The following is an excerpt from the inaugural address at Union Theological Seminary given by Charles Briggs that was the straw to break the camel's back, i.e., get him excommunicated from the Presbyterian church.
This particular section is concerned with the doctrine (or dogma as Briggs would prefer) of inerrancy. Hold onto your seat and get your pen out. He's got some things you'll either want to underline, or cross-out. Personally, I erred on the former. Enjoy.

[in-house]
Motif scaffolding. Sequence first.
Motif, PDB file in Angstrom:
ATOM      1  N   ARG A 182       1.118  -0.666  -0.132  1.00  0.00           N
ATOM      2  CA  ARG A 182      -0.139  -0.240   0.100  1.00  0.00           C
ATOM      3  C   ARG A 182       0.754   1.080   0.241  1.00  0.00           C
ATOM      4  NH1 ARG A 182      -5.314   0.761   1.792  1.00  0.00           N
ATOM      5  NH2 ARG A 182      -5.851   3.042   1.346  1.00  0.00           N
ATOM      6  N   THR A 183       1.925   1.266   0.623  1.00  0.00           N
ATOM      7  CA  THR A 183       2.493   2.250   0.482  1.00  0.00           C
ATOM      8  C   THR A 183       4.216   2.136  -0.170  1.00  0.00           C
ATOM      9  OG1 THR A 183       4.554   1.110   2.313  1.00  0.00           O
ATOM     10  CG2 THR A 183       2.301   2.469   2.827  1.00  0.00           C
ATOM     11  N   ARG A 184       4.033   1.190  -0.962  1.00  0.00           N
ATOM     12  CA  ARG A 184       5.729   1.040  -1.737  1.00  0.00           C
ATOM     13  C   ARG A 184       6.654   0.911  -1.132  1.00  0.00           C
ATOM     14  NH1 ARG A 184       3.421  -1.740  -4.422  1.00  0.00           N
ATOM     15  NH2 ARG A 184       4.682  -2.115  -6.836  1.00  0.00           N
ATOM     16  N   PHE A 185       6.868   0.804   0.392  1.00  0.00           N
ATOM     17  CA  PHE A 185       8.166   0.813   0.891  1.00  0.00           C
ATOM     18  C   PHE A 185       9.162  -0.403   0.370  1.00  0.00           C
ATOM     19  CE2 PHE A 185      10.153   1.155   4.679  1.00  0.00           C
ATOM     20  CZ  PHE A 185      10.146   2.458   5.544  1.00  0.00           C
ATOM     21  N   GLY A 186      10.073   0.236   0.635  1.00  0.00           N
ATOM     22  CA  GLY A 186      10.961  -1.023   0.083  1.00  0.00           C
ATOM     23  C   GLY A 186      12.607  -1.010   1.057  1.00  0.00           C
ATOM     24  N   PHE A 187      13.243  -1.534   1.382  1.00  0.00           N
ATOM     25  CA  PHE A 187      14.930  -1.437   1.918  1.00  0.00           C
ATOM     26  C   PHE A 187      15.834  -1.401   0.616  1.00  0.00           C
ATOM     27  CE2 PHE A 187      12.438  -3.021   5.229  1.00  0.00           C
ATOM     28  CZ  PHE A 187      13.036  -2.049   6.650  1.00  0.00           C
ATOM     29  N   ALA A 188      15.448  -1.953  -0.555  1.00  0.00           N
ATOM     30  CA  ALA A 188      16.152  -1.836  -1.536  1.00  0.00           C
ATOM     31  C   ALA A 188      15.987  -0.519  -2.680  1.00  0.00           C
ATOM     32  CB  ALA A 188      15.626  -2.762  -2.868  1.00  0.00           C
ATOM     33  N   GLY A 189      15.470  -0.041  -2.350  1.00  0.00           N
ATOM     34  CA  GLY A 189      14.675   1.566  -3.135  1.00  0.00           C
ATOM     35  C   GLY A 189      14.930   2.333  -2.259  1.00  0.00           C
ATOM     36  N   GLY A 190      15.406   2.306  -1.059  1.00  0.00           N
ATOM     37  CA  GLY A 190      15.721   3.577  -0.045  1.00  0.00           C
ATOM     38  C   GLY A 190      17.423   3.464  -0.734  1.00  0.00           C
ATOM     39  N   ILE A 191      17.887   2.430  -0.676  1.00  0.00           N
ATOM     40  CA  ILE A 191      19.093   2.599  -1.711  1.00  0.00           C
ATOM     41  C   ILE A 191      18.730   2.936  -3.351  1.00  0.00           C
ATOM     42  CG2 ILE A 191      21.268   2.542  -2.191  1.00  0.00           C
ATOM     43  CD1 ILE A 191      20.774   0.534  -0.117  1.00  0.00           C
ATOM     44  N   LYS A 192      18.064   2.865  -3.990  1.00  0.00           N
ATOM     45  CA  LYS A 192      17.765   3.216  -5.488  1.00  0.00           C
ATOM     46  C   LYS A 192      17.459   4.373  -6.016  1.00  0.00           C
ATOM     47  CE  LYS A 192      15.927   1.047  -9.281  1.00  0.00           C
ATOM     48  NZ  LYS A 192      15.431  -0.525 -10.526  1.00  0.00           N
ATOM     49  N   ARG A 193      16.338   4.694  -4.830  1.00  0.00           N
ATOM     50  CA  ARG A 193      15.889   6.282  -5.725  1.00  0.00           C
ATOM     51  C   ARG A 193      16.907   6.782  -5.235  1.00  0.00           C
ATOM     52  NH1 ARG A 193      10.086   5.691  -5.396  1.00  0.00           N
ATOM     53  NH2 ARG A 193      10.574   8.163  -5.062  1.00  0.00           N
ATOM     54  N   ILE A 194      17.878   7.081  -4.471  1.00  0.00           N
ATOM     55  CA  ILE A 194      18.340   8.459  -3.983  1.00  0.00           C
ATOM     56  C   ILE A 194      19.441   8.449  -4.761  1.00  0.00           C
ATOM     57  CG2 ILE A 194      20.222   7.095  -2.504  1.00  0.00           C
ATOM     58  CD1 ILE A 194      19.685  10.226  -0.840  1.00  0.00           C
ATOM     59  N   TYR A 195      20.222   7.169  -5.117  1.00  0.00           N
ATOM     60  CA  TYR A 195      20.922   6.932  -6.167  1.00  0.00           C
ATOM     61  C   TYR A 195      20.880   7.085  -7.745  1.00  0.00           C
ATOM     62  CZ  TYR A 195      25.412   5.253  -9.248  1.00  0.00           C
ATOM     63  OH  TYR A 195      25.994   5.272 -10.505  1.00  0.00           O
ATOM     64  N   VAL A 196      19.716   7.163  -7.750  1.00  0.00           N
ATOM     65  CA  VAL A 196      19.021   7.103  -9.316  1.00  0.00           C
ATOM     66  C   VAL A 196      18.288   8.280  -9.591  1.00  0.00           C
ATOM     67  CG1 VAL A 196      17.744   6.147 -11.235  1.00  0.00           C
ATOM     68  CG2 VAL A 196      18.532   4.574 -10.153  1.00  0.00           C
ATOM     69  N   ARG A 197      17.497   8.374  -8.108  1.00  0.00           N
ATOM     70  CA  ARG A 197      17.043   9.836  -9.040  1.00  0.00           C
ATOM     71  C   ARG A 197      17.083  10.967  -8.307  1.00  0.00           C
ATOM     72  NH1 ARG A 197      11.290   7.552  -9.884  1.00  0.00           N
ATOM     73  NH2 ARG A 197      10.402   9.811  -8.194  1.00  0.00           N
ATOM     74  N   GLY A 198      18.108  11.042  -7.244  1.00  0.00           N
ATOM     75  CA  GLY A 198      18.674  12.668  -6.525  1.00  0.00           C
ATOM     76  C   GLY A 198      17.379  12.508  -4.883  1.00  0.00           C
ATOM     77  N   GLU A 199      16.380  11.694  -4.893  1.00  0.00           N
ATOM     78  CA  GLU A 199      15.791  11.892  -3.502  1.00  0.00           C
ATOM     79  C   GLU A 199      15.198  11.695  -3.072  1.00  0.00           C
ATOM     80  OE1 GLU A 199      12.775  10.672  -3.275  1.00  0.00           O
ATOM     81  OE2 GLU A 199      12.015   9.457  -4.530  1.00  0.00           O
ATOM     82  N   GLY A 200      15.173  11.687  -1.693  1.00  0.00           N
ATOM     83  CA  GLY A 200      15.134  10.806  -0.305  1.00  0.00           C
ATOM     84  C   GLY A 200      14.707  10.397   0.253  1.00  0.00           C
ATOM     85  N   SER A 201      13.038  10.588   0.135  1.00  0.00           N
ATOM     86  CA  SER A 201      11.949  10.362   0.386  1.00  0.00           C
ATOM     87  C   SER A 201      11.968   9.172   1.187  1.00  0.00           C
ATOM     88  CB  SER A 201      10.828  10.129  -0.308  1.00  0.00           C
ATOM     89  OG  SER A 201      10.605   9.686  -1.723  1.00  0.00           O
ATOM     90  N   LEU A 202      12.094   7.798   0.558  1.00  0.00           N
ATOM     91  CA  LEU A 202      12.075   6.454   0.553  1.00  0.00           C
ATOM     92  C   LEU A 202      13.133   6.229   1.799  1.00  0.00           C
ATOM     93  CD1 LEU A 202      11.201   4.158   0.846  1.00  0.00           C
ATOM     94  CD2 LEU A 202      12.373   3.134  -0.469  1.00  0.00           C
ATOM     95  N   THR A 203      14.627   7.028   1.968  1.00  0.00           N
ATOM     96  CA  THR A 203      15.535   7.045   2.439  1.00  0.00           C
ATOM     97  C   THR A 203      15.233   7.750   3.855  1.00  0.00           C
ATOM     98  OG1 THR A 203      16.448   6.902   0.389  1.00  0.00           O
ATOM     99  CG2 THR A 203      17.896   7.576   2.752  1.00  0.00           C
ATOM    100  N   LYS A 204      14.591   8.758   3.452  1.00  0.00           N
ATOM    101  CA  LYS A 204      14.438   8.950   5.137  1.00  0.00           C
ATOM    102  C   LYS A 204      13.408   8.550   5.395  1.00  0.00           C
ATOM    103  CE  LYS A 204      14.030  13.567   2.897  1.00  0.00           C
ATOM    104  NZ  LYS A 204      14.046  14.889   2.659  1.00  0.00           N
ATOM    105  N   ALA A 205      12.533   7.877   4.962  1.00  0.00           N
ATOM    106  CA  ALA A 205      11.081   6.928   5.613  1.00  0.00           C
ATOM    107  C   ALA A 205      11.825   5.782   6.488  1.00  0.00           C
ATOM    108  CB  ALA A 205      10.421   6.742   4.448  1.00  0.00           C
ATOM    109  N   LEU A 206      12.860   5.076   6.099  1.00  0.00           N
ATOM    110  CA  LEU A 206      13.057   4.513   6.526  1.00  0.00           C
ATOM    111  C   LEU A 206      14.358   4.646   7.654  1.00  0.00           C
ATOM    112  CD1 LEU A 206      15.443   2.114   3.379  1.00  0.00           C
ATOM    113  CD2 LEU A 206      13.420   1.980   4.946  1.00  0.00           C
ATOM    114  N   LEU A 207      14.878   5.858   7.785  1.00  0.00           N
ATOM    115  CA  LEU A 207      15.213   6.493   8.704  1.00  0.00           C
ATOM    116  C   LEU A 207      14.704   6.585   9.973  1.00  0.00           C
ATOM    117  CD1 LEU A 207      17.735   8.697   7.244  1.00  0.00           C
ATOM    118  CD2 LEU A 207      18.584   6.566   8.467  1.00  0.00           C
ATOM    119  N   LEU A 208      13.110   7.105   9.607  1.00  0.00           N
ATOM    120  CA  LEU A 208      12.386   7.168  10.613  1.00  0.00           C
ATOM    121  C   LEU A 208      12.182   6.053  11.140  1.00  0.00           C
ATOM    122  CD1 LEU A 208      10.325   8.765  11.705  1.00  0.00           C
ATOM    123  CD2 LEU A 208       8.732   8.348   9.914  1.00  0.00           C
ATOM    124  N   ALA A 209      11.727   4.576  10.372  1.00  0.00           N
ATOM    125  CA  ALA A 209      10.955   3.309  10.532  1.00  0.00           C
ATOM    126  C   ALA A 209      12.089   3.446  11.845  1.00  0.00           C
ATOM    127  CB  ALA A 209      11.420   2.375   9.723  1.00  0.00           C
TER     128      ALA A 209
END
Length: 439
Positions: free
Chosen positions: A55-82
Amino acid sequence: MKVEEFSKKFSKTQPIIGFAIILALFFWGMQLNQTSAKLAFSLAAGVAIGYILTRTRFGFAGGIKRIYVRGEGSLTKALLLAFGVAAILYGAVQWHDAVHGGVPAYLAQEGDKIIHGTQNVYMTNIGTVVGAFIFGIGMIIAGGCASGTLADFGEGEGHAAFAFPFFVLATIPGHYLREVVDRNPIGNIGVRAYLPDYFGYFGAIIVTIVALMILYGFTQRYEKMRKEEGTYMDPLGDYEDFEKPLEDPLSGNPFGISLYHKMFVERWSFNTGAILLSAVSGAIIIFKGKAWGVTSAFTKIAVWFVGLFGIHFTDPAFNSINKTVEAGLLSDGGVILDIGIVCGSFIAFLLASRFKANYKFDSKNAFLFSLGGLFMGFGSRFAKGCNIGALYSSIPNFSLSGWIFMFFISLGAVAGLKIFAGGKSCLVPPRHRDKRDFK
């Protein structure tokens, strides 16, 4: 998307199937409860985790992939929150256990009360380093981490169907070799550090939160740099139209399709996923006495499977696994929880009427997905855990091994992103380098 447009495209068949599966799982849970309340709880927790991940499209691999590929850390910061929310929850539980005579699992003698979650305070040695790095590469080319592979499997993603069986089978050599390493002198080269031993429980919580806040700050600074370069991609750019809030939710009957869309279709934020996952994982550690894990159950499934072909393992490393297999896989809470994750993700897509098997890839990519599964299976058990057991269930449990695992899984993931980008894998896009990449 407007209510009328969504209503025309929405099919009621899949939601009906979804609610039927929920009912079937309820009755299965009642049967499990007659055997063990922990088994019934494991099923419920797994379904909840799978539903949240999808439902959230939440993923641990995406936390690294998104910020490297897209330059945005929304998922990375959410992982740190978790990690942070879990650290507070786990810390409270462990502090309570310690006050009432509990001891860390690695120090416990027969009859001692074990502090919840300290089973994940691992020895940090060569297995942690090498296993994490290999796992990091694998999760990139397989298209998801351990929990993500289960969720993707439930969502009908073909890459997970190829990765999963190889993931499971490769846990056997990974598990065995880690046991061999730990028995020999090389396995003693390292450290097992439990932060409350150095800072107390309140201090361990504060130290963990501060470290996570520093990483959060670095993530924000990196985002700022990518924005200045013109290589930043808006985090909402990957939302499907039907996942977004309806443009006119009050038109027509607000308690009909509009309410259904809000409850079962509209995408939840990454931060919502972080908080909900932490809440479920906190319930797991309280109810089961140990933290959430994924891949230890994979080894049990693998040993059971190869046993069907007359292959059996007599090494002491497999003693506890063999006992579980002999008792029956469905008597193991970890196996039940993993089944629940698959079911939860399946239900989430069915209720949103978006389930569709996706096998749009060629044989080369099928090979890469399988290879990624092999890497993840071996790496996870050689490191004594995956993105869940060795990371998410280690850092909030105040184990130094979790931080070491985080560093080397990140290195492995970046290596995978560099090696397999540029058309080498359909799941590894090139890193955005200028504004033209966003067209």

The fourth barrier set up by theologians to keep men away from the Bible is the dogma of the inerrancy of Scripture. This barrier confronts Historical Criticism. It is not a pleasant task to point out errors in the sacred Scriptures. Nevertheless Historical Criticism finds them, and we must meet the issue whether they destroy the authority of the Bible or not. It has been taught in recent years, and is still taught by some theologians, that one proved error destroys the authority of Scripture. I shall venture to affirm that, so far as I can see, there are errors in the Scriptures that no one has been able to explain away; and the theory that they were not in the original text is sheer assumption, upon which no mind can rest with certainty. If such errors destroy the authority of the Bible, it is already destroyed for historians. Men cannot shut their eyes to truth and fact. But on what authority do these theologians drive men from the Bible by this theory of inerrancy? The Bible itself nowhere makes this claim. The creeds of the Church nowhere sanction it. It is a ghost of modern evangelicalism to frighten children. The Bible has maintained its authority with the best scholars of our time, who with open minds have been willing to recognize any error that might be pointed out by Historical Criticism for these errors are all in the circumstantials and not in the essentials; they are in the human setting, not in the precious jewel itself; they are found in that section of the Bible that theologians commonly account for from the providential superintendence of the mind of the author, as distinguished from divine revelation itself. It may be that this providential superintendence gives infallible guidance in every particular; and it may be that it differs but little, if at all, from the providential superintendence of the fathers and schoolmen and theologians of the Christian Church. It is not important for our purpose that we should decide this question. If we should abandon the whole field of providential superintendence so far as inspiration and divine authority are concerned and limit divine inspiration and authority to the essential contents of the Bible, to its religion, faith, and morals, we would still have ample room to seek divine authority where alone it is essential, or even important, in the teaching that guides our devotions, our thinking, and our conduct. Whether divine authority extends to the circumstantials of this divine teaching or not, it is unwise and it is unchristian to force men to accept the divine authority of the Bible or reject it, on the question of its inerrancy in the circumstantials and the details of every passage.